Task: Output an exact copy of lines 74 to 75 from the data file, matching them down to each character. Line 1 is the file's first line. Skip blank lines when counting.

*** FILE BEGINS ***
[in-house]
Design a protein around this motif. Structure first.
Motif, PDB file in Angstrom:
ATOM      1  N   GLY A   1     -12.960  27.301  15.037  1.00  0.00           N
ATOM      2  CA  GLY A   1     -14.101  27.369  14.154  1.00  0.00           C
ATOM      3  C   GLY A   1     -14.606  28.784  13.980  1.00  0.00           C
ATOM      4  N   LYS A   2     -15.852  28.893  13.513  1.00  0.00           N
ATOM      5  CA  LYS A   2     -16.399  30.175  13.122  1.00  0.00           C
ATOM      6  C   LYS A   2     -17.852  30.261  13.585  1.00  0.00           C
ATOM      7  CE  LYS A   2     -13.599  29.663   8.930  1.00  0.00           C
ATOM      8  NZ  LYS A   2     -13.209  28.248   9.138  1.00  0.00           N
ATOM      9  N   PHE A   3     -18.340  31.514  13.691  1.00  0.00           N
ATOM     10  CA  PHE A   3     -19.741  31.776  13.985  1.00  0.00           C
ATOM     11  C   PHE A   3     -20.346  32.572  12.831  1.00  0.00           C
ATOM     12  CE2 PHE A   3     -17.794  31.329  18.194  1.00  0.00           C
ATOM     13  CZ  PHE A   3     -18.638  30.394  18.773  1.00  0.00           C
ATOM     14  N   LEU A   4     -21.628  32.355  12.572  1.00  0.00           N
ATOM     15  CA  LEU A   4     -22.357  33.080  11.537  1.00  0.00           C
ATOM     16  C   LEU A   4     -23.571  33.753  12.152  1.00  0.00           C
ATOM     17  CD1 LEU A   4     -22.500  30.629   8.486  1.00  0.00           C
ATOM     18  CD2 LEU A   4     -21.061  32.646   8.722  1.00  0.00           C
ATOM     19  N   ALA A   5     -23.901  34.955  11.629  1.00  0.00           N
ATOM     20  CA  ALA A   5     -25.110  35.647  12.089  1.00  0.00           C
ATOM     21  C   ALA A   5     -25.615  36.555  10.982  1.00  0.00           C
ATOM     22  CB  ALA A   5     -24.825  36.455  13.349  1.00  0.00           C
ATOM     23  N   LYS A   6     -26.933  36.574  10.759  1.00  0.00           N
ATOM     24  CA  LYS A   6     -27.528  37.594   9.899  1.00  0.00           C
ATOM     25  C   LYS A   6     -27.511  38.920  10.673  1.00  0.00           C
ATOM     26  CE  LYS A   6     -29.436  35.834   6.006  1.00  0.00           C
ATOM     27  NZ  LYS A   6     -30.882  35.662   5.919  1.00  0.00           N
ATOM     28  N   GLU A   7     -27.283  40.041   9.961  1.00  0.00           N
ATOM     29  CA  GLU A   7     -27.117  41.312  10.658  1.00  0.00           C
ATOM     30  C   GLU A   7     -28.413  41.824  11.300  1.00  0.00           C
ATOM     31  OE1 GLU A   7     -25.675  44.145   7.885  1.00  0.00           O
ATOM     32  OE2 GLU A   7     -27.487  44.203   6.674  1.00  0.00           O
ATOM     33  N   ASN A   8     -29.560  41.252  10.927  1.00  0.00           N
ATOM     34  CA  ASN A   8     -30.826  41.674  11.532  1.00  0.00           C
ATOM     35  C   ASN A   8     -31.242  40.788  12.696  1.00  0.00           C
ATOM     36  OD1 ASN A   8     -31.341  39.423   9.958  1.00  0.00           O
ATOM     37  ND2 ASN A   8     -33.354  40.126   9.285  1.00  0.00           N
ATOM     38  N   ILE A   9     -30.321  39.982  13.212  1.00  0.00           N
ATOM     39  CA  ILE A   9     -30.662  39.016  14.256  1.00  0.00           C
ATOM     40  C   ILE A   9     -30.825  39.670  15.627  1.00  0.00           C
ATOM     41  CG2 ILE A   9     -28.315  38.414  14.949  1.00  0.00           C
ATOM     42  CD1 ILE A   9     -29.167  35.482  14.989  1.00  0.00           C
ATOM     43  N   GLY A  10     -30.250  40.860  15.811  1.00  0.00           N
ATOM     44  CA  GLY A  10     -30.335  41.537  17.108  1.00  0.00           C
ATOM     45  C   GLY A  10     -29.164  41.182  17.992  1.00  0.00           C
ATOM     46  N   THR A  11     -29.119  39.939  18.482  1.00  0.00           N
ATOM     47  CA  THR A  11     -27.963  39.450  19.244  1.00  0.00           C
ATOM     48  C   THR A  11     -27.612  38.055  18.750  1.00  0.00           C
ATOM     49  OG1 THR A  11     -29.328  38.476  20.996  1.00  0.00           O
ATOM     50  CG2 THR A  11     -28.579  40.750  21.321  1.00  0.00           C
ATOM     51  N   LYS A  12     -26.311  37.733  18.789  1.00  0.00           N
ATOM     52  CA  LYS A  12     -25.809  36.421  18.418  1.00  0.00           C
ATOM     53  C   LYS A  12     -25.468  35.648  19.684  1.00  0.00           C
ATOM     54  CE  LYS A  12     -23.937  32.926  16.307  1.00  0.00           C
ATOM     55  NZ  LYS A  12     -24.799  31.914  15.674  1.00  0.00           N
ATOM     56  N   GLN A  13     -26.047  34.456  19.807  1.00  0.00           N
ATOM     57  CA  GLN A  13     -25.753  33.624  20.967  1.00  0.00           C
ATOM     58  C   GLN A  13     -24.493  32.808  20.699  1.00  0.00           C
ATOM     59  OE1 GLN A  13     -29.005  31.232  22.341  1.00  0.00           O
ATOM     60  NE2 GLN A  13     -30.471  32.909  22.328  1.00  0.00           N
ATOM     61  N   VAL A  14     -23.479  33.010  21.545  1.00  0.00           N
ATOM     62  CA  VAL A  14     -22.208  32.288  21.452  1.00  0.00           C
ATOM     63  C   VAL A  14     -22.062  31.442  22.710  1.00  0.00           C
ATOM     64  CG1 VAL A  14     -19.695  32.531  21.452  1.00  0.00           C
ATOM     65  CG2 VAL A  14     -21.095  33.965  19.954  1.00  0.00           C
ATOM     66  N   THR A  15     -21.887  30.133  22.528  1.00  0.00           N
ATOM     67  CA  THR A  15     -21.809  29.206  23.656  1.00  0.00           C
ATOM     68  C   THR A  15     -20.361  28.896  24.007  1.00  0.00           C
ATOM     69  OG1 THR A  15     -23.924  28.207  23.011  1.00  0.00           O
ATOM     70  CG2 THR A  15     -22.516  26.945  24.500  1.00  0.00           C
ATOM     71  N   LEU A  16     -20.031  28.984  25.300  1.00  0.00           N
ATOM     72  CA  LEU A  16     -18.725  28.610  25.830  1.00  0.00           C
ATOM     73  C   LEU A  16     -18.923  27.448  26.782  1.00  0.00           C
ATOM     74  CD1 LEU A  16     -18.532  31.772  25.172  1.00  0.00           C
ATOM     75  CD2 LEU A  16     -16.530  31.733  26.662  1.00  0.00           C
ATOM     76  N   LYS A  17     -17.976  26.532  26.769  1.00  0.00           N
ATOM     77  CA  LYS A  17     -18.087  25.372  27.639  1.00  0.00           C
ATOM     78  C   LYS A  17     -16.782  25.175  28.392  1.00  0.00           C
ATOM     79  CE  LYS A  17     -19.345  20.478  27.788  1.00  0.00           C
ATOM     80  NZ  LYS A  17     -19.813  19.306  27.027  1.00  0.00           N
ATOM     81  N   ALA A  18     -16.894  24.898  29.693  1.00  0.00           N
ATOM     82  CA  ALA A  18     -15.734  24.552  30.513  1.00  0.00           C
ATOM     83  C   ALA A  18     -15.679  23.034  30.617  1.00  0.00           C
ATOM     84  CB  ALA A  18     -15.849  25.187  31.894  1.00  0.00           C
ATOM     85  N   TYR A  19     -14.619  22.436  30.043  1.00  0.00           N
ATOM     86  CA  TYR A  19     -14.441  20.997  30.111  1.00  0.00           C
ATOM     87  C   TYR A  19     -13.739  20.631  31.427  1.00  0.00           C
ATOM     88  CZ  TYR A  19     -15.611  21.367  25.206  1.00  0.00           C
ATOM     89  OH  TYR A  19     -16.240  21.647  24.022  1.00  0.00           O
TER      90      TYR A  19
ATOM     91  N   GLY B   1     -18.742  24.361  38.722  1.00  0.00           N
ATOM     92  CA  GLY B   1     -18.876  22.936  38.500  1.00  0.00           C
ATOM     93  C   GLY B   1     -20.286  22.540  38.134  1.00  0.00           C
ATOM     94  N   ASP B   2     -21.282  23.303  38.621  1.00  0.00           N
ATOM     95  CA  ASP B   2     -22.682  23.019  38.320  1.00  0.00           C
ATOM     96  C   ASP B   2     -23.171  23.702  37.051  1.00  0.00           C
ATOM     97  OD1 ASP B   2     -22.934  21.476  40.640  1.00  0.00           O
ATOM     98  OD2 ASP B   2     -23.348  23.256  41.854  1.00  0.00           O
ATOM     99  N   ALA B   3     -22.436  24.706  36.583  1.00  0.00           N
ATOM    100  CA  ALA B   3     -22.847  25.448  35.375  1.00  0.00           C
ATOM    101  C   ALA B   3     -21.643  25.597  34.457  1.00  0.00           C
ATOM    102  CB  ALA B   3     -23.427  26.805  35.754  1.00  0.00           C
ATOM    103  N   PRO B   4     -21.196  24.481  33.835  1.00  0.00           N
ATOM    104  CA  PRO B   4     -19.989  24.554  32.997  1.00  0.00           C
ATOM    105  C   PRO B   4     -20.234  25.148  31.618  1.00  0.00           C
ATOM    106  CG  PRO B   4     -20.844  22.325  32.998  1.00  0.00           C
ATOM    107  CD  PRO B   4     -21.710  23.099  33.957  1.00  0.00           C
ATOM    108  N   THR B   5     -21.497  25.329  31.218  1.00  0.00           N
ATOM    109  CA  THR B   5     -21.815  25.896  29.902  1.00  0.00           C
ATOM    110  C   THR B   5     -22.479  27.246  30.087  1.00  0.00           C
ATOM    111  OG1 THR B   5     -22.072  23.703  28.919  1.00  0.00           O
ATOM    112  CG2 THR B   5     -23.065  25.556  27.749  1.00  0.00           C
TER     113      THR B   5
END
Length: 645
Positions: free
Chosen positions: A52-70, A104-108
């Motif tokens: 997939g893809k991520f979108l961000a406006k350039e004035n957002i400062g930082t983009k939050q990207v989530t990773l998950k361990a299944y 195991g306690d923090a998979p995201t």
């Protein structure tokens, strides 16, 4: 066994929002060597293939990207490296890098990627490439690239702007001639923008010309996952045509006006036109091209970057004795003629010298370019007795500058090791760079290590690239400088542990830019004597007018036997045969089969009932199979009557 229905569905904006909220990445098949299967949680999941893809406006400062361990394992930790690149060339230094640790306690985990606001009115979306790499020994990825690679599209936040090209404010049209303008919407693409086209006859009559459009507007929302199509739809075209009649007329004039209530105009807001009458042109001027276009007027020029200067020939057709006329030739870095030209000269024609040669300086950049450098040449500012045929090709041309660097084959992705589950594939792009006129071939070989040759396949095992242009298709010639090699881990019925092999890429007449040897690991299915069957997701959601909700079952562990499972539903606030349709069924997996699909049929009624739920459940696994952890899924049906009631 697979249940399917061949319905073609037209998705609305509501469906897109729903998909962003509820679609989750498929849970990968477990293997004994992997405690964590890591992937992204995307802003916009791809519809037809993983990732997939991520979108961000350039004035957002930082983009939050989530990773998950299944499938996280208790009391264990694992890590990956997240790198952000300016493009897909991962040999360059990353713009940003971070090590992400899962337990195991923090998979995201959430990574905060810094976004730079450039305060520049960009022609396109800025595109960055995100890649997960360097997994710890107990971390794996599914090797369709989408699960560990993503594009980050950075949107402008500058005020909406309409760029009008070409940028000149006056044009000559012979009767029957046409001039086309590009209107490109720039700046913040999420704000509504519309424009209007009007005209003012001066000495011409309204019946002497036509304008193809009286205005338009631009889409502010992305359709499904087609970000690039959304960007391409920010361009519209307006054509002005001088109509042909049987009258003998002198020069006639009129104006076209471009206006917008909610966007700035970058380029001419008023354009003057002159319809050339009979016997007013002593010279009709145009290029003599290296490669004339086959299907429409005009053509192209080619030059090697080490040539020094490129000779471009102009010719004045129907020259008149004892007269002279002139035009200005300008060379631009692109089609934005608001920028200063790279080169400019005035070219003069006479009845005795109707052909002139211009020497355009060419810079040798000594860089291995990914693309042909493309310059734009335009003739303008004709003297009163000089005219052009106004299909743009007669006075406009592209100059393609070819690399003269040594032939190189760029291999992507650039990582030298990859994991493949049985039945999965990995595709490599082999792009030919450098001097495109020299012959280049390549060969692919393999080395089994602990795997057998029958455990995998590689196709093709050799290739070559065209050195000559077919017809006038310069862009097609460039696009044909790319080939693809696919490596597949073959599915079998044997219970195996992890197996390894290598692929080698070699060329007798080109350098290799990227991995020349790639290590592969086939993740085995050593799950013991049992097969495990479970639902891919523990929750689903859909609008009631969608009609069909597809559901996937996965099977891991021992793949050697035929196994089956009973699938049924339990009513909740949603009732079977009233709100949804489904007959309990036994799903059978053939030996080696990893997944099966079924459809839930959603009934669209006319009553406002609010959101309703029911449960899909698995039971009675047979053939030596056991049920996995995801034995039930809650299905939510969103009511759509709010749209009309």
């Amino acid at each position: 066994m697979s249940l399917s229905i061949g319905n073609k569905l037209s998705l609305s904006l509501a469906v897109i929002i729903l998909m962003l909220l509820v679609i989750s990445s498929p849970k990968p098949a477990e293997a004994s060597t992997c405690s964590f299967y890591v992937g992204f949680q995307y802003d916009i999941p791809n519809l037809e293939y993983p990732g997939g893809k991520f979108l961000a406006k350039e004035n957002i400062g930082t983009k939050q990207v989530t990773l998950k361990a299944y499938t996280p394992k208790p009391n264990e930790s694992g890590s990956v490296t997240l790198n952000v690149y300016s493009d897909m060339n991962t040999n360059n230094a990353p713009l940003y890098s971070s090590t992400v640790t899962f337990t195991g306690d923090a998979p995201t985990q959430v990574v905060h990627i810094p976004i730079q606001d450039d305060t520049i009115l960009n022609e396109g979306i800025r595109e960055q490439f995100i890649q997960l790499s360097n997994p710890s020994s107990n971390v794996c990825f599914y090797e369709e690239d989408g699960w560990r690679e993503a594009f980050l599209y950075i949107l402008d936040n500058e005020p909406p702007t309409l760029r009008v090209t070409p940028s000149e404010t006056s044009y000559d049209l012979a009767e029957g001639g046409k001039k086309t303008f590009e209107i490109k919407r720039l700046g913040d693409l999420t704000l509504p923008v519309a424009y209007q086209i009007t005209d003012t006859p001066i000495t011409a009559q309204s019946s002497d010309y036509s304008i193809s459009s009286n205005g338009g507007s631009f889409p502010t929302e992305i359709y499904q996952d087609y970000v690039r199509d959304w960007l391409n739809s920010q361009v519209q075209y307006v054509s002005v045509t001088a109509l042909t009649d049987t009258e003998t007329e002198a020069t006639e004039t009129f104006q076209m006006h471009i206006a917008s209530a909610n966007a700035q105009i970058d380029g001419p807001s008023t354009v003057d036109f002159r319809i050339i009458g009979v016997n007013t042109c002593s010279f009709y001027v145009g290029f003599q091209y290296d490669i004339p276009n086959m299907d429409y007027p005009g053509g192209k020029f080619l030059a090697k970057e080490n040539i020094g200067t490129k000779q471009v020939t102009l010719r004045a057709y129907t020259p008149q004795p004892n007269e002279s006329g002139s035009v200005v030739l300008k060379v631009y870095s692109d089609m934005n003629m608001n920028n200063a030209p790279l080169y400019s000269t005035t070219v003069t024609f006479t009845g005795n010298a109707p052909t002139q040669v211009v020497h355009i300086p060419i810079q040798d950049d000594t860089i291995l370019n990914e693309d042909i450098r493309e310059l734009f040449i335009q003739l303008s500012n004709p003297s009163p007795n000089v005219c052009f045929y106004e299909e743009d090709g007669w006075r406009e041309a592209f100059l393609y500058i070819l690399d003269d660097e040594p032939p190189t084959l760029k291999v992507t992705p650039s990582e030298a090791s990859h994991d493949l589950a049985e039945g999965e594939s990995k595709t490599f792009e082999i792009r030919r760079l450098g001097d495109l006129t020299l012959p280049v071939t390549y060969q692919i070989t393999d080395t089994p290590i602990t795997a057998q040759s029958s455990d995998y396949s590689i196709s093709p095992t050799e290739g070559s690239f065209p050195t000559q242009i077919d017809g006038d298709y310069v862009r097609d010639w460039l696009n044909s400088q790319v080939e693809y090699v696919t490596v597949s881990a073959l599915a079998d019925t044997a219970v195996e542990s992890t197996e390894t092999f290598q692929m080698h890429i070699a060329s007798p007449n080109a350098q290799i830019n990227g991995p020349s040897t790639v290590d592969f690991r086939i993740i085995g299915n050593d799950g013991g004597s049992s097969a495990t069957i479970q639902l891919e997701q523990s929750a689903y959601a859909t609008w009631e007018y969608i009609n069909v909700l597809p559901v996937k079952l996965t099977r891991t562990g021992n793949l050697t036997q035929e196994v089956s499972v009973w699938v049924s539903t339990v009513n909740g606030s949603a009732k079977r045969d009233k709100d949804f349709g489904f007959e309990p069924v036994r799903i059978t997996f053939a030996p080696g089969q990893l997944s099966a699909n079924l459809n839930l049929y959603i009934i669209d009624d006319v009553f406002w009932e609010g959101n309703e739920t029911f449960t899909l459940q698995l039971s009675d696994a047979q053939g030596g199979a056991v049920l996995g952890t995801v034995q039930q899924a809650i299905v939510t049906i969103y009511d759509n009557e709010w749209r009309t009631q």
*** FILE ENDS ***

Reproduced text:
ATOM     71  N   LEU A  16     -20.031  28.984  25.300  1.00  0.00           N
ATOM     72  CA  LEU A  16     -18.725  28.610  25.830  1.00  0.00           C